I write a lesson I wished I had learned 10 years earlier, to feed our brains with intelligent content to start our week. I also share interesting articles, book quotes, and the occasional speech or TED talk to help us all get smarter, wiser and live better.
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This week, I want to introduce you all to the concept of a flywheel. It was an idea that I initially came across on the get rich slowly blog. I think it's a great concept that brings to life the value of thinking with a longterm mindset.
"A flywheel is a mechanical device designed to efficiently store rotational energy. Well, that’s how an engineer would describe a flywheel. I majored in English. To me, a flywheel is a wheel that’s really hard to get started. Once it gets going, however, it’s really hard to stop."
Although a flywheel is slow to get started, once it's in motion, it builds momentum and reaches "critical mass", it becomes extremely difficult to stop.
In this sense, a flywheel shares a lot of similarities with "compound interest." If you've seen any compound interest graph, you'll notice that the marginal gains are tiny initially, but become huge over time. In essence, you're not rewarded for your early efforts (despite the hard work) until many years into the future.
Although people generally discuss compound interest in a financial sense, I've previously written to explain that everything in life compounds. Our relationships, happiness, productivity, knowledge and experiences can all be charted on a standard compound interest graph (see article). The rotational movement of a flywheel will also look similar when charted on a graph.
Remembering the flywheel is useful whenever we find ourselves working on something difficult, without much results to show. We shouldn't stop because it's difficult. Instead, we should persevere and build up our resilience. Our aim should be to reach that critical mass, where the flywheel becomes unstoppable. At this point, the marginal gains will be greater than the marginal effort, and we begin to receive the rewards of our early efforts.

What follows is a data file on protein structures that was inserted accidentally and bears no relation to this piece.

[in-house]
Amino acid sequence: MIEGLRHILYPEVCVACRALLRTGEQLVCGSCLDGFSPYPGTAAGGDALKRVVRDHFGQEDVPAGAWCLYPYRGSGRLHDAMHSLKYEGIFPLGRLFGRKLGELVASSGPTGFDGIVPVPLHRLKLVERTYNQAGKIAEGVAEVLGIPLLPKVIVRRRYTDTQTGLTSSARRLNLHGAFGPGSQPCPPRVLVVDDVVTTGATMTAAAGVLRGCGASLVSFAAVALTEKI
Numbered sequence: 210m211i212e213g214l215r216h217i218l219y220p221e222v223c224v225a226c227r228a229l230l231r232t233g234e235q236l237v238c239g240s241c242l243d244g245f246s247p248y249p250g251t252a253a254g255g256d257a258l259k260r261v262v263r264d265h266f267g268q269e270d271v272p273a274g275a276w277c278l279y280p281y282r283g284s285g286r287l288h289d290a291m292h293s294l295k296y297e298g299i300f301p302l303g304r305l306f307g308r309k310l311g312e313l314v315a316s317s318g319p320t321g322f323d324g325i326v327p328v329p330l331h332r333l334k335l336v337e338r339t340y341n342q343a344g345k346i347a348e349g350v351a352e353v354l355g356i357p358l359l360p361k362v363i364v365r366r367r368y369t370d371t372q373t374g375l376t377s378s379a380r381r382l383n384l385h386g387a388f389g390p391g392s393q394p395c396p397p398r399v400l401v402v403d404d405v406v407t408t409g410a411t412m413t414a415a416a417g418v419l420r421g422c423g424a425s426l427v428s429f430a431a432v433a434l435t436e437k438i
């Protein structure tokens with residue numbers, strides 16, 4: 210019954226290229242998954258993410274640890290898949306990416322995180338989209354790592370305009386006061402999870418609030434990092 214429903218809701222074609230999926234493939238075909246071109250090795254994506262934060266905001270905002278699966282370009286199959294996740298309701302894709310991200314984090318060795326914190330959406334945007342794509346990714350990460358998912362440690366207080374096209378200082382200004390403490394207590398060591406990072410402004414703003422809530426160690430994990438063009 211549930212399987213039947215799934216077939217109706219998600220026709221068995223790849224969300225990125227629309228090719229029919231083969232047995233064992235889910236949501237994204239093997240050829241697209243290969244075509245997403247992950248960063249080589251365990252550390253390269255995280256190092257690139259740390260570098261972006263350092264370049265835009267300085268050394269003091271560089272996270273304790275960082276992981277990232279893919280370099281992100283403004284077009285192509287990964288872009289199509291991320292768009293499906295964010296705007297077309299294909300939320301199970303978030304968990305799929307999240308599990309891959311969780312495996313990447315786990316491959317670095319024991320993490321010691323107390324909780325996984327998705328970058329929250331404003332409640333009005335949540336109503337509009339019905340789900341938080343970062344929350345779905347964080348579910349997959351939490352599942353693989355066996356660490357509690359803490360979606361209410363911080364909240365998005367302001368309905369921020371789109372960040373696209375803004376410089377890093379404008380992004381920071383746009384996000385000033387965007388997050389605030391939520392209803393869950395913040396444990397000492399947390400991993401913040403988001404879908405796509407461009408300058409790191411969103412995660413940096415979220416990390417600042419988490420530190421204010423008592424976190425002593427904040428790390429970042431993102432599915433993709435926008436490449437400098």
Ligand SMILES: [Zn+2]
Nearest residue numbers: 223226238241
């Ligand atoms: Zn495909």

Always keep that flywheel in motion, and let it build that momentum over time.
Remember the flywheel, and always think long-term.
Have an awesome week ahead,
Why Facts Don't Change Our Minds
This is the best article I have read in a very long time. A good reminder that arguments are a waste of time, even if you have all the facts under the sun to back up your point.
People often continue believing false and inaccurate ideas, even when provided with facts that show otherwise. James argues that the best way to get someone to change their mind is by becoming friends with them, integrating them int your tribe and bringing them into your circle.
“We don't always believe things because they are correct. Sometimes we believe things because they make us look good to the people we care about.”
Unlikely Optimism: The Conjunctive Events Bias
The conjunctive events bias occurs where we incorrectly believe that the probability of two things happening is higher than just one of those things. I.e. incorrectly believing Linda is a bank teller and a feminist is more probable than Linda is a bank teller.
Tell Me Who You Spend Time With, And I Will Tell You Who You Are
We're all aware that the people we spend most of our times with shapes our views of the world. They have a significant influence over the path we end up taking in life. This article helps to bring this point to life.
Tweet of the Week
This Week's Wisdom
“It is easy to get bogged down trying to find the optimal plan for change: the fastest way to lose weight, the best program to build muscle, the perfect idea for a side hustle. We are so focused on figuring out the best approach that we never get around to taking action.”
- In the book Atomic Habits, by James Clear
I use readwise to resurface content I've previously highlighted. My followers can get an extra month for free by following this link.
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